In another life I worked in kitchens. Along the way I wound up a steak house chain that had a lunch buffet. Cold cut platters and various soups and stews constructed out of leftovers dominated until we got an influx, no a g****** flood of ground meat. Beef, turkey and pork, ten pound bags of it. My job, feed it to the buffet customers. It started with regular rectangular meatloaf and move into new territories. I figured, stuff it. The process was easy, mix up the meat, lay it out on a parchment lined cookie sheet add a stuffing (cheese, mushrooms and onions etc.) Beef was easy, pork worked as a filler but turkey was a PITA. I tried stuffing, you know bread, onions, celery and seasonings but there wasn’t enough fat in the meat to keep from winding up with a meat roll wrapped around a kind of solid mass of bread. One night the chef had come into a bunch of boneless chicken breasts. We had a crapload of spinach and he and I decided on Chicken Florentine. We both knew it usually was done with veal or turkey. The chicken sold. And I got an idea how to get rid of ten pound bags of ground turkey in the freezer. It got pulled out to thaw and I started the filling. Spinach, onions, grated cheese and seasonings. The turkey was mixed with finely chopped onion and celery with eggs and seasonings. If you think I spent my time at the altar of Martha, you’re wrong. We had an appliance called a buffalo chopper. It was a rotating bowl that passed through a rotating blade. It was one of those things that didn’t work if you put it together wrong or tried to run too large chunks through it. That being said it could take five pounds of vegetation and fine dice really fine. So let’s get started. Last time I escorted you through your supermarket, that was condescending of me. You know where you shop. First, the hardware:
A food processor
A roll of parchment paper, the store brand will do
A sheet pan with edges
A medium saucepan
A large bowl
Assorted measuring cups and spoons with stirrers and scrapers
The soft stuff
One and a half pounds of boneless turkey thighs, or the same amount of ground turkey.
1 large onion
1 egg beaten
4 ribs of celery
2 bags spinach
3 slices of stale white bread
1 and a half Tsp. AP flour
1 and a half Tsp. butter
Half cup of grated parmesan cheese
One and a quarter plus quarter cup milk
One unflavored box of gelatin
The method. Let’s get started.
Pre heat your oven to 350 degrees. Take the turkey thighs and cut them into 2 inch pieces. Put them on a plate and put it in the freezer. If you’ve got ground turkey skip the first step, just add it to the bowl. Cut the onion and put it in the food processor. Zap the onion until it’s in small pieces. Do the same to the celery. add to the bowl. The turkey should be firm but not frozen when you put it in the processor. Pulse it until it’s a bit coarse. Add to bowl. Put the bread in the processor, pulse until in little pieces. Add the quarter cup of milk,pulse and add to bowl. Bloom a package of gelatin and add. Add your favorite seasonings and then a pinch more. Mix everything gently, don’t mush it up. Refrigerate.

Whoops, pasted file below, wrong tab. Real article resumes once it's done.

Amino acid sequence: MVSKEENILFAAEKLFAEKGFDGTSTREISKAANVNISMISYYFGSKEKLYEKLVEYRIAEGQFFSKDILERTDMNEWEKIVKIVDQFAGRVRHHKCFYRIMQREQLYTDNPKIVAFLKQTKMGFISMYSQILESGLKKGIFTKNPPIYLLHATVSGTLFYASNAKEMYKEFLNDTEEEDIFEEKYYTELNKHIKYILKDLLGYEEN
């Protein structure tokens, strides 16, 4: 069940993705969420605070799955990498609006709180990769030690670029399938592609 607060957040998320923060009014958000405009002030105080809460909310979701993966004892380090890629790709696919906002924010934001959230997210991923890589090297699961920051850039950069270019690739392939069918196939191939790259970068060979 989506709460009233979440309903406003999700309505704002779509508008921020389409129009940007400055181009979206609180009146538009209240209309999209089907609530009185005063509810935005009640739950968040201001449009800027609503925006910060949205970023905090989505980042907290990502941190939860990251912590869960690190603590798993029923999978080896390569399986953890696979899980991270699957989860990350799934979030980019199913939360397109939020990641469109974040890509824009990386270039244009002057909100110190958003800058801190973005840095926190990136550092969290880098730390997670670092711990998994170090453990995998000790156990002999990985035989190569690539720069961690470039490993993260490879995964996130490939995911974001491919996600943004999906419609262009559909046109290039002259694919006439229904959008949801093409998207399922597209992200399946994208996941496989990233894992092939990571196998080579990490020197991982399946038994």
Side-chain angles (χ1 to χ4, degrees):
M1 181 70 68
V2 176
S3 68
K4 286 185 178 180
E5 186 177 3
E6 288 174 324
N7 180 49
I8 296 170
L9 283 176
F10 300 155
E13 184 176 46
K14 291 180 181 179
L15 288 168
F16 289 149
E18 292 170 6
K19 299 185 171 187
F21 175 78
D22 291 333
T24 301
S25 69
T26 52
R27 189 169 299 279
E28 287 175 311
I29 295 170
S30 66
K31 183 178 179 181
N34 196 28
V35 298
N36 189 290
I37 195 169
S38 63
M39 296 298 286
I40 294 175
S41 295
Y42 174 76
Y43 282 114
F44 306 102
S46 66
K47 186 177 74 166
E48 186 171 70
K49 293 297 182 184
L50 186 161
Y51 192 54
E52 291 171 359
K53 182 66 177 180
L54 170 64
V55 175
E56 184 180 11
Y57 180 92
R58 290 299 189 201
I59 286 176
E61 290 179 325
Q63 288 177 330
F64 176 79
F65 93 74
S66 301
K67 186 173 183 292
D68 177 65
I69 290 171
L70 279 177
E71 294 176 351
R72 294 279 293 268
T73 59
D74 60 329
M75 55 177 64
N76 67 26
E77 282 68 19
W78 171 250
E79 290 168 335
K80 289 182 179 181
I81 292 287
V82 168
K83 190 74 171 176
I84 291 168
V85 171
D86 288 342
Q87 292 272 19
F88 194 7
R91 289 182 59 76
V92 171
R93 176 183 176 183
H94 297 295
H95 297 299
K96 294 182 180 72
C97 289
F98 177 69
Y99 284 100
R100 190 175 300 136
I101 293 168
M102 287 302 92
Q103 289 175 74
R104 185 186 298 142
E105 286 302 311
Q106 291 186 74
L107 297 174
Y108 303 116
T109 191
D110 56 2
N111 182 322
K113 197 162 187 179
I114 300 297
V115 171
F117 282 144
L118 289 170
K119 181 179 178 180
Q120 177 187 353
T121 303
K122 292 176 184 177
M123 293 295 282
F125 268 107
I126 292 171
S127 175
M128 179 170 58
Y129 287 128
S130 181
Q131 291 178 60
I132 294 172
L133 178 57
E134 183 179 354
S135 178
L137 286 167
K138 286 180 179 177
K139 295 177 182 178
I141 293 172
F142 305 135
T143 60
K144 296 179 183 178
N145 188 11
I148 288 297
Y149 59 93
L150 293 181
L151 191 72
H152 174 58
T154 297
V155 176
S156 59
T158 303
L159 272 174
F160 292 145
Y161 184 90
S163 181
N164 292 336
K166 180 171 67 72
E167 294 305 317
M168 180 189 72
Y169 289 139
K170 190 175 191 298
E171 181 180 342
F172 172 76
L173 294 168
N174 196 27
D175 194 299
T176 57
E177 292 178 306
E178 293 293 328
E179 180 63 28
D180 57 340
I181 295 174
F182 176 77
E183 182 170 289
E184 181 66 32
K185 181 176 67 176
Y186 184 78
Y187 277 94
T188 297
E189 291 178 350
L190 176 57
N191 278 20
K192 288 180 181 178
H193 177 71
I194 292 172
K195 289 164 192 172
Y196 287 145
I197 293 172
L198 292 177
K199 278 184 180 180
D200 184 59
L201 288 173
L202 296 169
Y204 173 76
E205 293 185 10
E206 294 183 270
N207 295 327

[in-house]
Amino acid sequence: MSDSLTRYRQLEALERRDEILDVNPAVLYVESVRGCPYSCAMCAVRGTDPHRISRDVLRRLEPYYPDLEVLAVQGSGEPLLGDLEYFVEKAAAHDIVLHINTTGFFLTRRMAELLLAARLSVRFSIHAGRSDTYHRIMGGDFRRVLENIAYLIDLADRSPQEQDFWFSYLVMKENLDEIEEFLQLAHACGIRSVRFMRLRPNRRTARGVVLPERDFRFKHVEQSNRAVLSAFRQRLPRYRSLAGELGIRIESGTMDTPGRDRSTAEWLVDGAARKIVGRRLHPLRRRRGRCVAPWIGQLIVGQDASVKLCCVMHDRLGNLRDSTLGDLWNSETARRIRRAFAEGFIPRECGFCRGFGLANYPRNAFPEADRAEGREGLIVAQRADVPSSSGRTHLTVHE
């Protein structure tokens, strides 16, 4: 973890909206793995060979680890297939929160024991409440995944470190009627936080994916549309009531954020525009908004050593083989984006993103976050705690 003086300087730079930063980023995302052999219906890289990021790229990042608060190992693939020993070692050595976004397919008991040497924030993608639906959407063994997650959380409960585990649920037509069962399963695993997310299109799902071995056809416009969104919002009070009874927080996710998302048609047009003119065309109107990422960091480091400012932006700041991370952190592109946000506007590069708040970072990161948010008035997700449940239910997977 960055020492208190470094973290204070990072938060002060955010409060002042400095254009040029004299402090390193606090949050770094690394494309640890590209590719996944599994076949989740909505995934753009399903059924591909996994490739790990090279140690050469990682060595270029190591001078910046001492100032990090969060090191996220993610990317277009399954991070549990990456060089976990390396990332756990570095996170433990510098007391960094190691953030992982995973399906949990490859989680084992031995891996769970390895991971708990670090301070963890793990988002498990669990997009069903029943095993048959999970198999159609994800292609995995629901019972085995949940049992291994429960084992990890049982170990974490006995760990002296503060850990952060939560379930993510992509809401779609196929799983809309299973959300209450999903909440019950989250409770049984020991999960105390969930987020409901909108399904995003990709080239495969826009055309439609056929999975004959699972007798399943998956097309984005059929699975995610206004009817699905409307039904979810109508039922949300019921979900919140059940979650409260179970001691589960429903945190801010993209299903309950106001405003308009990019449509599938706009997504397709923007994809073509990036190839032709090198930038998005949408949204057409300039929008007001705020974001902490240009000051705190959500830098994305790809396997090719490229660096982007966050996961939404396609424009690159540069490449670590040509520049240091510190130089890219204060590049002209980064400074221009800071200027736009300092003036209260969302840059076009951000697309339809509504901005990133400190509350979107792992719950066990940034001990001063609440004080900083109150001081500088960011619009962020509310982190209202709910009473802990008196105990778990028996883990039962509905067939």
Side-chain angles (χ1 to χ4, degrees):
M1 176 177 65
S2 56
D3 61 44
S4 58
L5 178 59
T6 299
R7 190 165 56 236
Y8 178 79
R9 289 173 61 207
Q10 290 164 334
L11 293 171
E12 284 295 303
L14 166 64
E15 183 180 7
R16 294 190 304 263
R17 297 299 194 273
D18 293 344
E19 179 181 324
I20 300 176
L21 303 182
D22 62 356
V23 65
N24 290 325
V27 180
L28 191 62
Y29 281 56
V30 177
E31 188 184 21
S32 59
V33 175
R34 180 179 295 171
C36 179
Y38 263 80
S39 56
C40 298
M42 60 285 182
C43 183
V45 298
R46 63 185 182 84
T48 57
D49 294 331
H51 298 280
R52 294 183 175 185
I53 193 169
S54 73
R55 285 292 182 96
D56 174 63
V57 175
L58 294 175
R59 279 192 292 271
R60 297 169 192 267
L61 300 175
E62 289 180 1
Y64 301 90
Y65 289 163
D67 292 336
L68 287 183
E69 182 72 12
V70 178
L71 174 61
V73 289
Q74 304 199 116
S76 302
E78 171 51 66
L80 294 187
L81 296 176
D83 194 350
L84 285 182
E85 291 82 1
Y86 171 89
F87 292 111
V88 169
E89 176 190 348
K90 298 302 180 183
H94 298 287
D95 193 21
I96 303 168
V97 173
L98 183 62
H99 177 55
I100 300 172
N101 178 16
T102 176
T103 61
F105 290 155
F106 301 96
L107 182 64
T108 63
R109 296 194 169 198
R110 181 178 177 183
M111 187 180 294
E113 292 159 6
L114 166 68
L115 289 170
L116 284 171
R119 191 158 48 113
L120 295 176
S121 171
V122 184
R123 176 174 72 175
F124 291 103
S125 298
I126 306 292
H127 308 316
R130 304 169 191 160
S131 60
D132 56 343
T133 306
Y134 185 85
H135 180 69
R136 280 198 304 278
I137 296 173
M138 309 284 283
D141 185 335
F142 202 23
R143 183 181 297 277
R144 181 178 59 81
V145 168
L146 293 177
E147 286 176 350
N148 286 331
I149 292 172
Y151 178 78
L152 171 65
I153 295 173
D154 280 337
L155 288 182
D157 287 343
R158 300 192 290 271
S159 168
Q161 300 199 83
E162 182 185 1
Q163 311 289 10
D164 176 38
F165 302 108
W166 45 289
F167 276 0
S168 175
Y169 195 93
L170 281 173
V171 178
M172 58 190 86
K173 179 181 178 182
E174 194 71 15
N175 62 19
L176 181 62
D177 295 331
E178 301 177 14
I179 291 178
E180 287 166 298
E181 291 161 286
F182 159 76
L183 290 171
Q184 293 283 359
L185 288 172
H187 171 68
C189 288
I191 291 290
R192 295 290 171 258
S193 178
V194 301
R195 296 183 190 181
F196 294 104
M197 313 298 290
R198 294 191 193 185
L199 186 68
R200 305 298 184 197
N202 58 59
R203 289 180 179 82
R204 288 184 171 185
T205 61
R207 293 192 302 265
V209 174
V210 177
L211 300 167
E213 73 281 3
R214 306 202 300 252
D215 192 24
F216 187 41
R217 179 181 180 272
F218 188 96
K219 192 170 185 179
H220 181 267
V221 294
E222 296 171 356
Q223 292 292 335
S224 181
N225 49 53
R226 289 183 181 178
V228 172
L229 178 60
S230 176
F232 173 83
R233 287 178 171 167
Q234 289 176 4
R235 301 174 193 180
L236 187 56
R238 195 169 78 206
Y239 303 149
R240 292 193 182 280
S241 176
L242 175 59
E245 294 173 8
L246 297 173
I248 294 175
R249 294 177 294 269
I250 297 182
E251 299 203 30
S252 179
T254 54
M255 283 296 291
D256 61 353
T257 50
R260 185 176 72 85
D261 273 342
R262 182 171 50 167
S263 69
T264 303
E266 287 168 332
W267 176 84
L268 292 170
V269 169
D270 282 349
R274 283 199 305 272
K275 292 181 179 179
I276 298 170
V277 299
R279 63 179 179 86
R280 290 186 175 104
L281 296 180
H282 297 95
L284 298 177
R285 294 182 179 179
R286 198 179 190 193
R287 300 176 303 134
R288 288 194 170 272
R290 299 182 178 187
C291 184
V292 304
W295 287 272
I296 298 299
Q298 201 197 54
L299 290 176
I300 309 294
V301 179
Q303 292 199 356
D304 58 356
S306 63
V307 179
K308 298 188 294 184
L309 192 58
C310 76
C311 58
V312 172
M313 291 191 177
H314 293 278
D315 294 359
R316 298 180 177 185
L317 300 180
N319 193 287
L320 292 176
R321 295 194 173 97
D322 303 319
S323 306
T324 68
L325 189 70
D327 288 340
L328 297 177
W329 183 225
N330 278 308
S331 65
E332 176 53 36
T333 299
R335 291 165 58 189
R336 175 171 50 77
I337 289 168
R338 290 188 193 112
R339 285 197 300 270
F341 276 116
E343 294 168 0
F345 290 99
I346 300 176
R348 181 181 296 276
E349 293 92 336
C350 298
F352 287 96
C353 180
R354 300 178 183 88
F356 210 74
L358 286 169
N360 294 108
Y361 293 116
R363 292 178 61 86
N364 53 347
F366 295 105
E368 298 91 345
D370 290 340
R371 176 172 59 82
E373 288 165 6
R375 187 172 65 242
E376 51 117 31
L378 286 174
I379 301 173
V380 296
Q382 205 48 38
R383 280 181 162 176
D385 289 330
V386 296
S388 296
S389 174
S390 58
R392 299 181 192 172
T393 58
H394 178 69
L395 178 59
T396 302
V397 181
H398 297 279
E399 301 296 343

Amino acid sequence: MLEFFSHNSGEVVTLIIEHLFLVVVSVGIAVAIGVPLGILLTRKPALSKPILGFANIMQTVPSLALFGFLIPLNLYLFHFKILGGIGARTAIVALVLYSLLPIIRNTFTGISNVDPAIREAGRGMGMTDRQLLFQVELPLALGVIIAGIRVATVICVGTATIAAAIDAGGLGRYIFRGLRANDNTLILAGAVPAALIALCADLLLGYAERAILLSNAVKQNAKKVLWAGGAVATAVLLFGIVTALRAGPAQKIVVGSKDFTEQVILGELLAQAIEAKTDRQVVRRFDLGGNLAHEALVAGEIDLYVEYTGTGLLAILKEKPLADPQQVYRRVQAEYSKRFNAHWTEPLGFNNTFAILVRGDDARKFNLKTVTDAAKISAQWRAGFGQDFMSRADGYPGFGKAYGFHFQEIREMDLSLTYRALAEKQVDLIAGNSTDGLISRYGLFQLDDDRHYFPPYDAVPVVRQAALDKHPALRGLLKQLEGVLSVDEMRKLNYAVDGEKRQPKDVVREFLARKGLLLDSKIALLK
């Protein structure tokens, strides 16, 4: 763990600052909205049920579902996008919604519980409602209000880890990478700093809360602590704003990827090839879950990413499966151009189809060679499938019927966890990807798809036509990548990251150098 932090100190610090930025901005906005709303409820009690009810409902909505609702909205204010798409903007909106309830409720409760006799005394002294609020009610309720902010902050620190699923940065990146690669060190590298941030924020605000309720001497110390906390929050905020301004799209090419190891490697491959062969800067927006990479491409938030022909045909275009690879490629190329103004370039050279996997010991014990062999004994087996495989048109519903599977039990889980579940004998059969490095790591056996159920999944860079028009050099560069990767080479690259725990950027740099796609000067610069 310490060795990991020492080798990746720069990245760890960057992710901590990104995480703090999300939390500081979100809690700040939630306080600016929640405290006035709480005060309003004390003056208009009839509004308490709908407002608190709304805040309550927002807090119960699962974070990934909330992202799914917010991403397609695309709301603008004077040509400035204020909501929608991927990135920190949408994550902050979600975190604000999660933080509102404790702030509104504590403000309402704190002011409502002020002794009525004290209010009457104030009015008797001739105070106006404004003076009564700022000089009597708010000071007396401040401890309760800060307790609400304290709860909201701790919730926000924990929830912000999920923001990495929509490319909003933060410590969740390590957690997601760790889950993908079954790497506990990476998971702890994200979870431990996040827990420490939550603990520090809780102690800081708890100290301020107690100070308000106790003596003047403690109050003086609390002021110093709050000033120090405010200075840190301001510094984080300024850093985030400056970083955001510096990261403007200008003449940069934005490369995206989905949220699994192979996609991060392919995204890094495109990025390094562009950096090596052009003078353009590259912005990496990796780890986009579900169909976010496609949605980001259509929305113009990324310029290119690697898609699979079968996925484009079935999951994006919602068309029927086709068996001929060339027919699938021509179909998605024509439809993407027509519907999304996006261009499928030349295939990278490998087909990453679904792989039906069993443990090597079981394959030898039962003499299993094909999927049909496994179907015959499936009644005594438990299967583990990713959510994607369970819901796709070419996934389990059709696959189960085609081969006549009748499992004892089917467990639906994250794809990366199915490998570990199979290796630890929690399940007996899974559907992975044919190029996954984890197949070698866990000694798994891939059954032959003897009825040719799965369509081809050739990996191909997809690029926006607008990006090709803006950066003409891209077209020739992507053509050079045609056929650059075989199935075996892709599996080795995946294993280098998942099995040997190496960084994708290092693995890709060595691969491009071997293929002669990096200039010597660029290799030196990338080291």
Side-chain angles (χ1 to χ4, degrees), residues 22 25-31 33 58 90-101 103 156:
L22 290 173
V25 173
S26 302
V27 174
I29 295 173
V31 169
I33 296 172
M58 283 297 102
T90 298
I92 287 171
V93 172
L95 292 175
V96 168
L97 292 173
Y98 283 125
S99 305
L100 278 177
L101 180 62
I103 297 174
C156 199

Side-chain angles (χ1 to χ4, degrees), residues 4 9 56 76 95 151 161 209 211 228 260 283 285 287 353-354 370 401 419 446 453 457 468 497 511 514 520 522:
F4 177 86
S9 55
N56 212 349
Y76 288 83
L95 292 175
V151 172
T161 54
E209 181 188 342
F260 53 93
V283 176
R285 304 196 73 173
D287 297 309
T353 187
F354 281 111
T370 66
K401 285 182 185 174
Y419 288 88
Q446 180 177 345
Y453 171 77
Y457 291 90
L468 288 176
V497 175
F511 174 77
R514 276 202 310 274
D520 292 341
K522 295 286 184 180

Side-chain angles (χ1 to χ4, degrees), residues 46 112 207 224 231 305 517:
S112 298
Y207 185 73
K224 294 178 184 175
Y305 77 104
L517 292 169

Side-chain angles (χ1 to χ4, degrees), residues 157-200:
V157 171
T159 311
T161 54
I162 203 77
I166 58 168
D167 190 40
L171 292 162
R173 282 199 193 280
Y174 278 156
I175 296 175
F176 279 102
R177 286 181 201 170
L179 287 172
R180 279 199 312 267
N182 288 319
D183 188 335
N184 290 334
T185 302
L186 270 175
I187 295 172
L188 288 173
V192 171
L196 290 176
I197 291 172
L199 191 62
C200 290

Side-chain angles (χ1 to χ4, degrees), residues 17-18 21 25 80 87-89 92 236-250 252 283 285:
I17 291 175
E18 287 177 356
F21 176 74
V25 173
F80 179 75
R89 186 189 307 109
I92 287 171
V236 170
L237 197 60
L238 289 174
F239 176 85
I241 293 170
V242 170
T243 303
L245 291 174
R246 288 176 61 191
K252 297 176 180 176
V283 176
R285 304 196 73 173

Zap the spinach in a bowl. Let it cool. In a the saucepan melt the butter. When it just begins to foam add the flour. Whisk it in and let it cook. Don’t let it get too light brown. Add the milk and whisk until smooth. Add the cheese and stir. Add the spinach. Remove from heat and let cool.
Get the meat mix out of the refrigerator. Line the sheet pan with parchment. Leave about two or three inches over the barrow side. Press the meat mix onto the pan. You don’t want it too thick because it gets hard to roll up. Spread the spinach mix on the meat mix. Use the loose end of the paper to roll up the meatloaf. Slip it off and put another sheet onto the sheet pan. Transfer the meatloaf to the pan. Put in the oven and take it out when it has an internal temp of 160 degrees.
I talk about internal temp. You should add an instant read thermometer to your tool kit. It keeps you from having medium rare chicken at your next dinner and you can avoid roasts running into well–done land.
A hint if you really want to impress, hard cook three or for eggs and roll inside the meat loaf. As for a sauce a nice white cheese sauce k like you used to bind the spinach is nice.
Next week, chili. I’m purging the freezer and so far this week have sampled three different attempts I’ve mad at chili. This one might take some time to make, but if you’ve read today’s recipe you’ve got a start.
See you in the funnies.